Black History Month 2010

February 11, 2010

The Canadian Labour Congress representing 3.2 million unionized workers acknowledges the month of February is an important opportunity to recognize and celebrate the significant contributions made by members of the African-Diaspora to our unions, workplaces and communities.

Here are just two historic examples worth remembering.

During the late 1800’s Elijah McCoy originally from Colchester, Ontario, worked as a mechanical engineer in Michigan. McCoy was concerned with workers safety when the lubrication of moving machinery was needed. Many of these workers were young black boys who did this dangerous work because they were small and agile. McCoy developed a self-lubricating device with a drip cup which revolutionized industry. The device allowed machines to work continuously without anyone having to risk life and limb to apply oil while machines remained in operation. The device had a range of applications, from locomotives to industry.

McCoy’s first drip cup invention was so effective and highly regarded that other manufacturers copied it. However, none worked as well as McCoy’s invention. Canadian and American railroaders asked for it by name as the “real McCoy,” giving rise to the expression denoting authenticity. McCoy went on to own his own firm and was an accomplished inventor filing fifty-seven other patents in Canada and the United States.

In 1946, Viola Desmond purchased a movie ticket in New Glasgow, Nova Scotia. She took a seat on the main floor, unaware that tickets sold to African-Canadians in this town were to sit in the balcony while the main floor was reserved solely for white patrons. In 1946, there was racial segregation in Canada in many public places, including churches, restaurants, schools, and movie theatres.

Viola was dragged out from the movie theatre by police and charged with defrauding the government of Nova Scotia the difference in the tax between a ground floor and a balcony seat, which amounted to one cent. She spent a night in jail and was fined $20. Viola demonstrated great courage throughout her ordeal and went on to challenge the racist seating policy in court.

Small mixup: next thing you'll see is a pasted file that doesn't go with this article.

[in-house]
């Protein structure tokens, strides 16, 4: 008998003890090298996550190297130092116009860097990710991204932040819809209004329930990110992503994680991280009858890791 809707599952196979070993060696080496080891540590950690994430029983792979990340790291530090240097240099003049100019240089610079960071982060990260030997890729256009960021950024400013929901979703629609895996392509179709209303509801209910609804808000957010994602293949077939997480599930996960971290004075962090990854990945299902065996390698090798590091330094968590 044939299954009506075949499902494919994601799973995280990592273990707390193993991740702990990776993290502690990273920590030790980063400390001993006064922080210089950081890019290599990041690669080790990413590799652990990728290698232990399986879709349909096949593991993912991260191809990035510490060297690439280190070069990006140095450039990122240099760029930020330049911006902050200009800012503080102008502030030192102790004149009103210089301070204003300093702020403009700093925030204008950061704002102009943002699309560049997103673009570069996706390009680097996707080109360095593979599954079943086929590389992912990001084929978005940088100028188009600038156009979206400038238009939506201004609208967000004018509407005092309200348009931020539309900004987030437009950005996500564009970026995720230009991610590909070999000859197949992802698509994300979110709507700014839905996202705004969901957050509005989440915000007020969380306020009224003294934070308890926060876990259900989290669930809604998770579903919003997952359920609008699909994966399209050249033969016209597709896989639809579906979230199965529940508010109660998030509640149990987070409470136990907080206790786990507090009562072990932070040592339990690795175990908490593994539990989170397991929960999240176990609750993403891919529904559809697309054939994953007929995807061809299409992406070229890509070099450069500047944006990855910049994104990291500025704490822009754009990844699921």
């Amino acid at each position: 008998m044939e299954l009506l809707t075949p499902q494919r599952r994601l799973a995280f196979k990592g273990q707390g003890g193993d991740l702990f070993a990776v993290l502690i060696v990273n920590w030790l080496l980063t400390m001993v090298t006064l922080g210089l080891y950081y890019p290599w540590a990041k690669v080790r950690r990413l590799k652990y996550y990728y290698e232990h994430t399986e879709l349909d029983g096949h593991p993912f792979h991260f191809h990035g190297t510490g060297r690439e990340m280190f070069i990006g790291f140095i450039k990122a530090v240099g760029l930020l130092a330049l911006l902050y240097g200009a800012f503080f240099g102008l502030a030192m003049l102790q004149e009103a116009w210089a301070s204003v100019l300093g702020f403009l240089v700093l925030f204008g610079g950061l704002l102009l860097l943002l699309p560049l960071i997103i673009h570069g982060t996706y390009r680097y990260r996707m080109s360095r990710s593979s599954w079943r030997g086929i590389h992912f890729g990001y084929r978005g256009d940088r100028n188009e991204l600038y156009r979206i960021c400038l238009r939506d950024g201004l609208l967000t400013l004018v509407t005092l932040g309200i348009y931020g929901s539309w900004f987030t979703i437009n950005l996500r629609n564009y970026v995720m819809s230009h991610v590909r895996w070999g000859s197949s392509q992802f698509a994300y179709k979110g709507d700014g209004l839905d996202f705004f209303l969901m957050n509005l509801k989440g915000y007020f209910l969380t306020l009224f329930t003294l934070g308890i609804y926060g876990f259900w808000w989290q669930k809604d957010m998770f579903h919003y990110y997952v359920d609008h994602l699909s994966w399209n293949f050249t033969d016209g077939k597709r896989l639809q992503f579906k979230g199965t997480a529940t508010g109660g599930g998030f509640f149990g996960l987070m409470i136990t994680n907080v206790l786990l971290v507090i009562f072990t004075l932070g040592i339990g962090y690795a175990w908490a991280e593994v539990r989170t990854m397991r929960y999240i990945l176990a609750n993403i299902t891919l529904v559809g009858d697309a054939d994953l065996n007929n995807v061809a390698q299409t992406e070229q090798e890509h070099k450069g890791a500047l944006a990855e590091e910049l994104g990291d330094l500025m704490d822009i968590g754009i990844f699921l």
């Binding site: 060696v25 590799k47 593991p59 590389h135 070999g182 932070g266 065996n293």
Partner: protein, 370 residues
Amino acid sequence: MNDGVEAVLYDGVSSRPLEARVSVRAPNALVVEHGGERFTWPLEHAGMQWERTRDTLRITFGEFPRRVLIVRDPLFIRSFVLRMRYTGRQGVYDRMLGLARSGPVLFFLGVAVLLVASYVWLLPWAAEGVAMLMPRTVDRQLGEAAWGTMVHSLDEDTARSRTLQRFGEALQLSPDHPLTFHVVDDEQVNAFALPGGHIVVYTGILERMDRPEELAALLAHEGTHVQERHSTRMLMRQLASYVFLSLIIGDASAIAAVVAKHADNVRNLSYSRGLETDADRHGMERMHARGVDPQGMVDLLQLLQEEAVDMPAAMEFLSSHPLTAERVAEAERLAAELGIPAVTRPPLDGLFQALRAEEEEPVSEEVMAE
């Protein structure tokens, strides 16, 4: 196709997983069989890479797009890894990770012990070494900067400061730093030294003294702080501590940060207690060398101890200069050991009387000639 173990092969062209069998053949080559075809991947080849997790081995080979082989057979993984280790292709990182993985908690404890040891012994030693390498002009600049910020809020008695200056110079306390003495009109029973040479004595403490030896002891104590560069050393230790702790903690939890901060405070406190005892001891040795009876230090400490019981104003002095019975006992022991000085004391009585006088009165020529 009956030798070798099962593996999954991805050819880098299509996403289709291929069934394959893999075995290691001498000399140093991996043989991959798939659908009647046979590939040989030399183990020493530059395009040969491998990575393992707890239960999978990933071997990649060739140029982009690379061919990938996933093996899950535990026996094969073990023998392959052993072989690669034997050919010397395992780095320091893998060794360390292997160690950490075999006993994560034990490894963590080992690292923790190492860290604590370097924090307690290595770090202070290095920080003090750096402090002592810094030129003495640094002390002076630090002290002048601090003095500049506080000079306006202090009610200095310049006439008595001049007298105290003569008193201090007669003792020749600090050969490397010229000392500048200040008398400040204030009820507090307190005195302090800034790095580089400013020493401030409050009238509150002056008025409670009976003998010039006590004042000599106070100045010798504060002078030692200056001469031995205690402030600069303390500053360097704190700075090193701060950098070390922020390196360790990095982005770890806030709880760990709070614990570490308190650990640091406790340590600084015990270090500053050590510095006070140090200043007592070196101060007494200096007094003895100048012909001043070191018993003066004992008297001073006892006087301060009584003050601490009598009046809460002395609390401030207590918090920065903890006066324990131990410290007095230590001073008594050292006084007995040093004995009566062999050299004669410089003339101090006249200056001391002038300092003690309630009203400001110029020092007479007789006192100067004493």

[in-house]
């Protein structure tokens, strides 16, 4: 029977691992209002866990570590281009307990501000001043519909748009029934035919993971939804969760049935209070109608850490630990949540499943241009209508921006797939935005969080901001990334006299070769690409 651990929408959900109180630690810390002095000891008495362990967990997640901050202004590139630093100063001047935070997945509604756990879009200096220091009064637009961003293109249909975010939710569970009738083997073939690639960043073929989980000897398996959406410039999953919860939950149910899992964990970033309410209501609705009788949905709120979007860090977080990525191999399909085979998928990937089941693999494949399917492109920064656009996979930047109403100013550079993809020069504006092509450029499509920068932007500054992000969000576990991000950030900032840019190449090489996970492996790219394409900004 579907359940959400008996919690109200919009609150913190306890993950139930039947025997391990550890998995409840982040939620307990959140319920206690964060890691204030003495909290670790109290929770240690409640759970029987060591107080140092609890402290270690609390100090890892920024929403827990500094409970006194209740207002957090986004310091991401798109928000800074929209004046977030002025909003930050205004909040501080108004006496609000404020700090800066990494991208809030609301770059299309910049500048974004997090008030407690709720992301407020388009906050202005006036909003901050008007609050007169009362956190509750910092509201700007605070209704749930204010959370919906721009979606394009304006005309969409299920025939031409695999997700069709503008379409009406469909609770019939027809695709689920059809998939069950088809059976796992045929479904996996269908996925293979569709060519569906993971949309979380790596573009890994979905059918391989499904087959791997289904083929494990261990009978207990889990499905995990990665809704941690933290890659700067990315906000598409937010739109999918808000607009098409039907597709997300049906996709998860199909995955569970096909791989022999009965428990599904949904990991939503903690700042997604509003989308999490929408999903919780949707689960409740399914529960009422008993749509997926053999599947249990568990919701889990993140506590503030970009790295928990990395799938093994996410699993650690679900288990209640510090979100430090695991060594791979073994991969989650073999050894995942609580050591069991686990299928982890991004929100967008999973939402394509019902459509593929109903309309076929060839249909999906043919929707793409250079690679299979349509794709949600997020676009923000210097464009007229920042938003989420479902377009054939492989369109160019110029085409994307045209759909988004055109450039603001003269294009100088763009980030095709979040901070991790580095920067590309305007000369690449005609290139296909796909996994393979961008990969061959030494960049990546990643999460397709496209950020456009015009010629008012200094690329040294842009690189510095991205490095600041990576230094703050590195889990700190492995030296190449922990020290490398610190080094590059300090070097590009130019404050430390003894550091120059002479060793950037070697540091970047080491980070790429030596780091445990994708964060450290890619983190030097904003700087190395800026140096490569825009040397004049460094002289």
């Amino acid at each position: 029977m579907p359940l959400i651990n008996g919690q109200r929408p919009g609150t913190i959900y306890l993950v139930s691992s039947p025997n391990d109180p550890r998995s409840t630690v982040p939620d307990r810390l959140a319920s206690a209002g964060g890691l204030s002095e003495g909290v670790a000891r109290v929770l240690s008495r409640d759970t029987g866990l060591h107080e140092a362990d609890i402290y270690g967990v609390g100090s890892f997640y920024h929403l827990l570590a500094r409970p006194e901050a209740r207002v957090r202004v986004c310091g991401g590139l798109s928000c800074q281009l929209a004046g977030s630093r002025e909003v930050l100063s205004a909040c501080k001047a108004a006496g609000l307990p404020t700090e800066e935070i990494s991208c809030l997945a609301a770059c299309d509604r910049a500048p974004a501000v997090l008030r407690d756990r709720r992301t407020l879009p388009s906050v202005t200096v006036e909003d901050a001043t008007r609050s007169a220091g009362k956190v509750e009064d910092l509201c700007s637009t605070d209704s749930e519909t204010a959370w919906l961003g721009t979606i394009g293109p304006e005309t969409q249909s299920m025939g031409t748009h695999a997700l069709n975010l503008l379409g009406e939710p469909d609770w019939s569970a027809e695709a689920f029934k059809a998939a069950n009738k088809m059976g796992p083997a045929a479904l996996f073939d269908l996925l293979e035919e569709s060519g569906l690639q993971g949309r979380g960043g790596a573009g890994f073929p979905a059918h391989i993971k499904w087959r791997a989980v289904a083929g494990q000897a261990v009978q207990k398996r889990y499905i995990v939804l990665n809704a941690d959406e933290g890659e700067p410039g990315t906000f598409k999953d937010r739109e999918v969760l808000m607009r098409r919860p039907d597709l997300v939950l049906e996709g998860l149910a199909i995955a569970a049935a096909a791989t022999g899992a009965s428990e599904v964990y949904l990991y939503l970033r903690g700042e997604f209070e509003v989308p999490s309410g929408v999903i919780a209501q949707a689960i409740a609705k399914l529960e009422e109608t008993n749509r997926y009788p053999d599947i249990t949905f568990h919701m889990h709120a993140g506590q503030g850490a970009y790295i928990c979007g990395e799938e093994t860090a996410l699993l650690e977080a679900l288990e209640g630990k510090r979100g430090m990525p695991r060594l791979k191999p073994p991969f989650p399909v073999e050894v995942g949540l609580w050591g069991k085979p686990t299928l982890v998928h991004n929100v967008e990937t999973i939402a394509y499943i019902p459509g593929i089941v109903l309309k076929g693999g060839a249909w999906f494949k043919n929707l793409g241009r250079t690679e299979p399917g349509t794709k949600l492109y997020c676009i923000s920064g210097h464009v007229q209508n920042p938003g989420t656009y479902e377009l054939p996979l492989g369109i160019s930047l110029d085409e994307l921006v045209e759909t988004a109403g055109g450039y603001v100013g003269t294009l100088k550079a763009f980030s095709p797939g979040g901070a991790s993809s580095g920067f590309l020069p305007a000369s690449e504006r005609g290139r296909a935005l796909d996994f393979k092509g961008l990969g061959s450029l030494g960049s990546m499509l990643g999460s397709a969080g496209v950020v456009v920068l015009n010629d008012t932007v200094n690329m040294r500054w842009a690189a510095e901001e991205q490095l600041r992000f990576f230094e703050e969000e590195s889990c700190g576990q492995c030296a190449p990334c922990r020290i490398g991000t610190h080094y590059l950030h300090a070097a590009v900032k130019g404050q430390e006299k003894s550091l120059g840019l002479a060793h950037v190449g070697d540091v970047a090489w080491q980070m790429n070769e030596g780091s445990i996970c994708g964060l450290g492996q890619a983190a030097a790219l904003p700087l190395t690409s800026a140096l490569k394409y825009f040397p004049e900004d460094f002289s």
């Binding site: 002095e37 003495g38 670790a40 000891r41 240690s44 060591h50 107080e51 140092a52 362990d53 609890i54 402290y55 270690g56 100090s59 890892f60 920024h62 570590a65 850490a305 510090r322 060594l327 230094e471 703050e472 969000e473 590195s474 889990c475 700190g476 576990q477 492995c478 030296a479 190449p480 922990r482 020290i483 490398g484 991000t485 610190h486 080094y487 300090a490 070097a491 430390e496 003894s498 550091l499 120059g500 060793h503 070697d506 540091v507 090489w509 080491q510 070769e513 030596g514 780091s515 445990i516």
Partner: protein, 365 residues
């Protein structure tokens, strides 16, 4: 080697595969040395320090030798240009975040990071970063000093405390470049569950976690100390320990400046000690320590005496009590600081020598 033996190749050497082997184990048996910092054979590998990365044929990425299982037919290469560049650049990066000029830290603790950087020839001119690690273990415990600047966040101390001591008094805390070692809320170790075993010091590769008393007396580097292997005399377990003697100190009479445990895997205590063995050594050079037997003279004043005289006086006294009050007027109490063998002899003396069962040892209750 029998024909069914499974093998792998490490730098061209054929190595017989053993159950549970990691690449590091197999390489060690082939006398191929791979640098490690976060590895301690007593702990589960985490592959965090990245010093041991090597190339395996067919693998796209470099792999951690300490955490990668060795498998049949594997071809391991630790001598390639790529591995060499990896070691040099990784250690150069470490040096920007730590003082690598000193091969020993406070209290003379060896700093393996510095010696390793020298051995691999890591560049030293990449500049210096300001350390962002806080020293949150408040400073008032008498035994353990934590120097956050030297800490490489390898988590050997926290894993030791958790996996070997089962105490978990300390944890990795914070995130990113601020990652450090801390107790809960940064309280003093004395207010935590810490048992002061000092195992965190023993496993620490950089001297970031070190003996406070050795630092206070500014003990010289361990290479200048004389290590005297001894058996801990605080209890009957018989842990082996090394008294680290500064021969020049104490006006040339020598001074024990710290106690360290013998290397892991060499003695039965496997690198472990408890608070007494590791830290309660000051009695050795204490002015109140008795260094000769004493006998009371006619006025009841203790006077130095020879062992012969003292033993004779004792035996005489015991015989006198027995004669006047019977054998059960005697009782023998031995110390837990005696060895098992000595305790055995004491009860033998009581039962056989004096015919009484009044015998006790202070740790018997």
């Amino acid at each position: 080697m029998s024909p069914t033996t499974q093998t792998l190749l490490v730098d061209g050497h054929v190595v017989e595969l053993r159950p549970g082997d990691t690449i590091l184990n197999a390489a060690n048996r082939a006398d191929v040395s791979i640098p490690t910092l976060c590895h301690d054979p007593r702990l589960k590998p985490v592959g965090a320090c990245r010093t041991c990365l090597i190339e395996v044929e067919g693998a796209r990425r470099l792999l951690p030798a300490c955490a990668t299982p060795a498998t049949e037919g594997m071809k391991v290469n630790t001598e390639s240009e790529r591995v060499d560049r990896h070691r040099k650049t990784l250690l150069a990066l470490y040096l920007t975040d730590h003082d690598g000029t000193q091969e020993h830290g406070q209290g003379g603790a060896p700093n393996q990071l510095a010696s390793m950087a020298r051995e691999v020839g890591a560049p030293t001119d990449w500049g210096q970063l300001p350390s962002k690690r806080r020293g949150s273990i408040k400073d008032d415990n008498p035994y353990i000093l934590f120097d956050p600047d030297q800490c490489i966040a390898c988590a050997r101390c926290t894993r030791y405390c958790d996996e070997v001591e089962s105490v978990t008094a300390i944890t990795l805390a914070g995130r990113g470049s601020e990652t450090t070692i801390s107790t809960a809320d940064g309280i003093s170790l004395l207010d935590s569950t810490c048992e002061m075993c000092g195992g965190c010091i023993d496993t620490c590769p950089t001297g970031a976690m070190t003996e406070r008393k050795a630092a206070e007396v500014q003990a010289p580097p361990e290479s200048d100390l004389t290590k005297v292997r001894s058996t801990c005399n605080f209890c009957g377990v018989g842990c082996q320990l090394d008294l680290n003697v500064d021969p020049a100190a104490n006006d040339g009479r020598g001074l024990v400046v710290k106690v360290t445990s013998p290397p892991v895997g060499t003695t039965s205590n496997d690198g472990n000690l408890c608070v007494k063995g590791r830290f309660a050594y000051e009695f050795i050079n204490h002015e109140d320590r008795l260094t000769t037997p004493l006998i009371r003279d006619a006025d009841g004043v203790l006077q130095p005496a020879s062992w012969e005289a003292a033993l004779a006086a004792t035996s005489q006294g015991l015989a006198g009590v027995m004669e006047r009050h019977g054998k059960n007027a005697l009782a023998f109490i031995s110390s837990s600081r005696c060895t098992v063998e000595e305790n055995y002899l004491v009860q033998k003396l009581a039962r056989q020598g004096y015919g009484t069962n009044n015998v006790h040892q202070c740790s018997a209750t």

Her struggle exposed how false notions of tax evasion were being used to maintain systemic discrimination. Viola Desmond’s experience helped to galvanize public opinion locally and internationally and to raise awareness about the reality of Canadian segregation.

Few Canadians realize that Viola took her prominent seat in history nearly a decade before Rosa Parks took her seat in the white section of a bus in Montgomery, Alabama, an action that was a key part of the U.S. civil rights movement.

These are just a few of many important historic contributions made by African-Canadians.

Members of the African Diaspora continue to make our workplaces and our communities a more just and safe place. This year, during Black History month, the Canadian Labour Congress encourages union members to take note of contributions being made by your fellow workers from the African Diaspora. Send us a short note to detailing contributions being made today by your brothers and sisters during this important month.

Let’s celebrate them together and in solidarity.